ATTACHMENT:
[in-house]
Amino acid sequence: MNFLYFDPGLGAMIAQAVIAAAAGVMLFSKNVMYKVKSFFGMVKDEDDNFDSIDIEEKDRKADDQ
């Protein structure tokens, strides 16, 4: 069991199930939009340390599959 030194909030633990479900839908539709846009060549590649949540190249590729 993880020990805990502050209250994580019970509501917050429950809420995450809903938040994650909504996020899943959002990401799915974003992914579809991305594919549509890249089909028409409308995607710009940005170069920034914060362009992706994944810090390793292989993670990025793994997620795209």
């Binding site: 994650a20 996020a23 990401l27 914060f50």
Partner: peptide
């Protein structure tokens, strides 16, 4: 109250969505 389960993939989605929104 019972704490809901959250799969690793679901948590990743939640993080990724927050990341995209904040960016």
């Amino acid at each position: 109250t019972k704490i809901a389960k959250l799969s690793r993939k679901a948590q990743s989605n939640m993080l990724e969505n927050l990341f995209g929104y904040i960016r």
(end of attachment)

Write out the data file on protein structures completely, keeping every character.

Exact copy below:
[in-house]
Amino acid sequence: MNFLYFDPGLGAMIAQAVIAAAAGVMLFSKNVMYKVKSFFGMVKDEDDNFDSIDIEEKDRKADDQ
């Protein structure tokens, strides 16, 4: 069991199930939009340390599959 030194909030633990479900839908539709846009060549590649949540190249590729 993880020990805990502050209250994580019970509501917050429950809420995450809903938040994650909504996020899943959002990401799915974003992914579809991305594919549509890249089909028409409308995607710009940005170069920034914060362009992706994944810090390793292989993670990025793994997620795209």
């Binding site: 994650a20 996020a23 990401l27 914060f50």
Partner: peptide
């Protein structure tokens, strides 16, 4: 109250969505 389960993939989605929104 019972704490809901959250799969690793679901948590990743939640993080990724927050990341995209904040960016």
């Amino acid at each position: 109250t019972k704490i809901a389960k959250l799969s690793r993939k679901a948590q990743s989605n939640m993080l990724e969505n927050l990341f995209g929104y904040i960016r």